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Tiered NBA Rankings: The Big Men, Part 1

It’s the summer, the “Twitter Cycle” consists heavily of “news” that wouldn’t normally gauge interest and real basketball won’t happen for about another three months. In other words, it’s time to rank NBA players like every other publication.

The difference is I hate rankings.

Hate may be a strong word, but I find it pointless. I don’t think it’s productive to argue whether Klay Thompson is a better player than LaMarcus Aldridge,¬†because they simply aren’t comparable.

Similarly, I’m not sure arguing which player is better when the two play the same position is productive, either. DeMarcus Cousins is probably a better player than Al Horford, but if the Hawks and Kings decided to trade the players for one another, the Hawks probably wouldn’t have reached the levels they did last year.

Each set of players will be judged differently. For the first group – the big men – they’ll be judged on six categories: usage percentage combined with true shooting percentage, rebounding percentage, Defensive Box Score Plus-Minus, opponents’ field goal attempts at the rim per game and opponents’ field goal percentage at the rim.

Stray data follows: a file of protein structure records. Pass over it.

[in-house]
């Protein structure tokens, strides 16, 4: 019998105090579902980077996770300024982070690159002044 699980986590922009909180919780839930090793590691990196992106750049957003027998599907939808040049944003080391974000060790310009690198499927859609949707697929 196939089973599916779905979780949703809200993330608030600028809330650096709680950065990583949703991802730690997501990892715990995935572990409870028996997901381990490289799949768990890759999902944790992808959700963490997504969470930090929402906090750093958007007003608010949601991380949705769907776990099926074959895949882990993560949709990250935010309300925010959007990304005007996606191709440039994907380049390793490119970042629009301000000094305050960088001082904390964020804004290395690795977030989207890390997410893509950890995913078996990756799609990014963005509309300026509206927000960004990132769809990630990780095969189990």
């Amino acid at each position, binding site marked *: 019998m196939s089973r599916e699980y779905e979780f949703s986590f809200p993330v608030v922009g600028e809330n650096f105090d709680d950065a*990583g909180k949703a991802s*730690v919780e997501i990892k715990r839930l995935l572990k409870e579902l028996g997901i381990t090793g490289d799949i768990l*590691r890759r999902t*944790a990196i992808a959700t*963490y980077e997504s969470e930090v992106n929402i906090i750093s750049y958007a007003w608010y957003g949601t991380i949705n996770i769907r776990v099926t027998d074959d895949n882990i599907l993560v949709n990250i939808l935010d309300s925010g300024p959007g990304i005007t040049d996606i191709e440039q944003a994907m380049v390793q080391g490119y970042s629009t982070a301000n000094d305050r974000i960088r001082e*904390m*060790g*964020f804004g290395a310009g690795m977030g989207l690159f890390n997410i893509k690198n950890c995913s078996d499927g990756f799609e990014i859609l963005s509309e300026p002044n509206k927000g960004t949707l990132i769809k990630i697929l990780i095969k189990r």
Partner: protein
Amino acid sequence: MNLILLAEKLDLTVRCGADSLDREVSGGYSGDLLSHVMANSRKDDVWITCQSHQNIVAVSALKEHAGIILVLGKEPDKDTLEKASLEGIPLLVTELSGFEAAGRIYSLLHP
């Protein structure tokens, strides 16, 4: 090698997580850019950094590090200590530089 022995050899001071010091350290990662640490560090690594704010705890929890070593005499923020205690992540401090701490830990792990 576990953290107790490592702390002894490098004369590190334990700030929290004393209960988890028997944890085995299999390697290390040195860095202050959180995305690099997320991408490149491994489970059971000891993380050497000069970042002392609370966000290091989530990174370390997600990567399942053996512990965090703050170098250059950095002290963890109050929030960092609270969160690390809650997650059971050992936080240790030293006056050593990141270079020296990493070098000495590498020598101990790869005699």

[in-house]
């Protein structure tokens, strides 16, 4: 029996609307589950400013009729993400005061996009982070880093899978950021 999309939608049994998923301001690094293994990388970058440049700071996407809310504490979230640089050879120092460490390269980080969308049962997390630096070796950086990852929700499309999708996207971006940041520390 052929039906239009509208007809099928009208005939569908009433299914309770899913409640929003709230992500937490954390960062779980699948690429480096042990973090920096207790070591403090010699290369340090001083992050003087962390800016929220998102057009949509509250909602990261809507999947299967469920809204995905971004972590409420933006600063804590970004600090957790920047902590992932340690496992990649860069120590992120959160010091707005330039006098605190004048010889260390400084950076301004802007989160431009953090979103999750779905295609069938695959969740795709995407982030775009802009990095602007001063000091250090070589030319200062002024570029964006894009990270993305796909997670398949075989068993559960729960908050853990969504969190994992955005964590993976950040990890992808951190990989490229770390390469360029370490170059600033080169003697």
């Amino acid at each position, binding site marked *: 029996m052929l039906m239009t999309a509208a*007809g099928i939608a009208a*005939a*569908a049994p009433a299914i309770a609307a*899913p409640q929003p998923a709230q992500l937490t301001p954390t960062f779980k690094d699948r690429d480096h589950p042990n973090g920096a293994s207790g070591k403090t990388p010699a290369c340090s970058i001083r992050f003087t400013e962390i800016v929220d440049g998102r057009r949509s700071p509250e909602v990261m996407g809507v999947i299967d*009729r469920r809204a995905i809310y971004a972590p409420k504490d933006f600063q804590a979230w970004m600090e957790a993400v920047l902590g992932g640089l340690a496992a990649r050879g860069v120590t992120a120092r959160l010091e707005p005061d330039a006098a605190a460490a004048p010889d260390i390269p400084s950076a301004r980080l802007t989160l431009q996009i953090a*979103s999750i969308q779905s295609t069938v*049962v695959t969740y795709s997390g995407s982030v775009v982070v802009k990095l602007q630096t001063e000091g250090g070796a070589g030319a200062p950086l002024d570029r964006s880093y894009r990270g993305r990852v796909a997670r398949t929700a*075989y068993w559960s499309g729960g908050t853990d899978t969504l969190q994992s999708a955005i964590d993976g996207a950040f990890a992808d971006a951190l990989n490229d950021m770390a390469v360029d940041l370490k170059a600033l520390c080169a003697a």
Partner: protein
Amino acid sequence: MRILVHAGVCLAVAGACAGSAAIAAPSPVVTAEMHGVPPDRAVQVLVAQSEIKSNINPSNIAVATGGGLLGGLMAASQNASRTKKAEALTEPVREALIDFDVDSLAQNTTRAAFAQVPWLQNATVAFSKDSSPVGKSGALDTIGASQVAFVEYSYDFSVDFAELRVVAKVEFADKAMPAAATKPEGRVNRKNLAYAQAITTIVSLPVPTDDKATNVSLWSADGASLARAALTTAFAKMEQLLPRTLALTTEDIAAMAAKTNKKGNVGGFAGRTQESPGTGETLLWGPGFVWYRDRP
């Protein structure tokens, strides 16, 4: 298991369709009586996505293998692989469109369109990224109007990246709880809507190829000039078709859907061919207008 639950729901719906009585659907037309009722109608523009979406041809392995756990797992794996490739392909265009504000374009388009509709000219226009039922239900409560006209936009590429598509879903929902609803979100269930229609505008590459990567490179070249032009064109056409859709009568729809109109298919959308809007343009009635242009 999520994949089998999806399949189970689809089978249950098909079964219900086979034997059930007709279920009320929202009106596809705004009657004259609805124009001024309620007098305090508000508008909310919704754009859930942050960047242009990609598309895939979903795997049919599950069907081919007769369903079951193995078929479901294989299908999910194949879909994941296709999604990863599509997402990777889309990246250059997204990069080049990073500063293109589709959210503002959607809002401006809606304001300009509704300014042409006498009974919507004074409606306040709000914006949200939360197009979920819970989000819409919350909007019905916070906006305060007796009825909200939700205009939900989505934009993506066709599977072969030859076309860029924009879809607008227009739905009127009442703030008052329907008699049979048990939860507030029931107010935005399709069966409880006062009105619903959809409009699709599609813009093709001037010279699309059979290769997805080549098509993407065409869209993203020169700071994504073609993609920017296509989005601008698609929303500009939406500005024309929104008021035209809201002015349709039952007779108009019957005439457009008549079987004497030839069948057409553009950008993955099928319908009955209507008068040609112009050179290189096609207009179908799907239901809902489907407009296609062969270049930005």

With that said, I’m going to rank the players in their respective positions, but with a slight twist. First of all, the players will be placed in tiers with similar players (in most cases), but the players will not be ranked in their respective tiers. Instead, the players will be placed into their tiers and then sorted alphabetically.

Second, the players won’t be placed into the five traditional positions because traditional positions are almost useless. While the NBA isn’t a position-less league, it’s a league in which positions are morphing. Serge Ibaka isn’t the center in most lineups for the Thunder, but he acts as the de facto center for the team in most situations defensively, and many offensively.

Finally, players will be ranked based on which player I’d prefer for next season. Andrew Wiggins won’t receive a boost over a better player based on what he could produce in future years, but only on what I believe he’ll produce next season.

And rookies don’t matter because most of them are terrible in the first year anyway.

With those factors in place, let’s start with the tiered ranking of the big men in the league.

All stats from Basketball-Reference.com or NBA.com unless otherwise noted.

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